Local art is local and energizing, wherever you are

Sam Black

This week I’m once again going to stretch the meaning of “local.”  I am on my way back to Duluth, having driven to Blacksburg, VA, for a family visit. I will have covered about 2,600 miles by the time I pull into my driveway.
The most fascinating discovery of this week long journey has been the incredible abundance of ‘local art’ the entire length of this trip. Now, I am not generally categorized as a young man. I have been criss-crossing the United States with some regularity since 1954, and quite a bit within the past decade. I don’t always get inundated by posters, set-ups, performances, exhibits, presentations as I travel. But this trip has been quite amazing, and it’s not even summer, by any definition.

Visible signs of local arts everywhere

Posters and billboards proliferate all over Madison, WI, Indianapolis, IN, Charleston, WV, as I would possibly expect. Art shows, music performances, theater opportunities, all created by LOCAL artists seemed to be popping up like wildflowers in spring. I don’t remember this happening on this scale during the seventies or eighties.
Then I wandered into the smaller communities and had the same experience. Blacksburg, Christiansburg, Roanoke, Floyd, and Riner, VA, then Gallipolis, OH, had live music in the parks each of these many weekends, as well as art exhibits rotating week after week.
As I walked through the downtown blocks of Blacksburg, there were two outdoor performances in motion, one mostly bluegrass, the other a light, or gentle, sort of rock group. Meanwhile, an art gallery on every block was open for those who wanted to wander in, even as I walked over an artful man-hole cover in the street.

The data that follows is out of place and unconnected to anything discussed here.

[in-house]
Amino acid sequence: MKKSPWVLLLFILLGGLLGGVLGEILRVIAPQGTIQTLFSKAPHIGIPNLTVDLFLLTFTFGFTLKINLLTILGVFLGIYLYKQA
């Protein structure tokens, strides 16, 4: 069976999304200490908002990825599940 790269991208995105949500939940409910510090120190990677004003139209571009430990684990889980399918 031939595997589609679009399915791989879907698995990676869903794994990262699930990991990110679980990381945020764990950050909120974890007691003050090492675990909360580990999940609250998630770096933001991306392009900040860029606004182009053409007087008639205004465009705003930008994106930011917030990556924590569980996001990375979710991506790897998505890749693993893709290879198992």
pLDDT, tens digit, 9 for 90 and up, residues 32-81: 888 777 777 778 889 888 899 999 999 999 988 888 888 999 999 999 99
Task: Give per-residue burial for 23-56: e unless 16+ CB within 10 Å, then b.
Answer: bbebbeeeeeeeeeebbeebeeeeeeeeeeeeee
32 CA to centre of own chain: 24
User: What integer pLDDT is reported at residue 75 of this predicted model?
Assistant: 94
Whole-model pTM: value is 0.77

Local artists seem to be
around every corner

After I had driven up to Roanoke to look at the largest man-made star(!) up on a bluff over the city, I drove south on the Blue Ridge Parkway until I ended up in the two very small towns of Riner and Floyd. A crew was breaking down equipment in the bandshell, and multiple posters adorned the local art gallery. I was interested in the local, modern bluegrass group known as Annabelle’s Curse. These five young musicians have a pretty lively Internet sound, and they come from Bristol, VA. You can catch them at the Sun Music Hall in Dogtown, Floyd, VA on Friday October 14.
All over the month of October, about five different local Blacksburg ensembles are offering performances at the Unitarian Universalist Congregation of New River Valley. Classical, bluegrass, and Broadway are on the list at this popular local venue.

And oboes on the Ohio (River)?

I was even more surprised when I went north across the Ohio River and ate smoked turkey in Gallipolis, OH. For one, the Ohio Valley Symphony has an upcoming concert called Oboes on the Ohio, featuring Cincinnati oboist Dwight Parry. Secondly, another opportunity called Five Local Artists & Craftsman is opening later this week at The Gallery at 409. This is a community of 3,641 in 2010.

New artistic impact with a southern drawl

I have a window sticker on my Mazda that simply states: Support Local Arts. I assume that means wherever I travel. One final piece of humor came from my grand-daughter Abigail, having recently moved from Austin, TX, to Blacksburg, VA with her father. She remembered hearing a musical announcer in the Austin area speak about lo-CAL music, as if a steady diet of such music would keep you slender. Depending on the energy on stage, in the gallery, or at the theater, that might be a new approach to the benefits of participating in the arts, local, lo-CAL. All the same, I find all the arts fully enriching.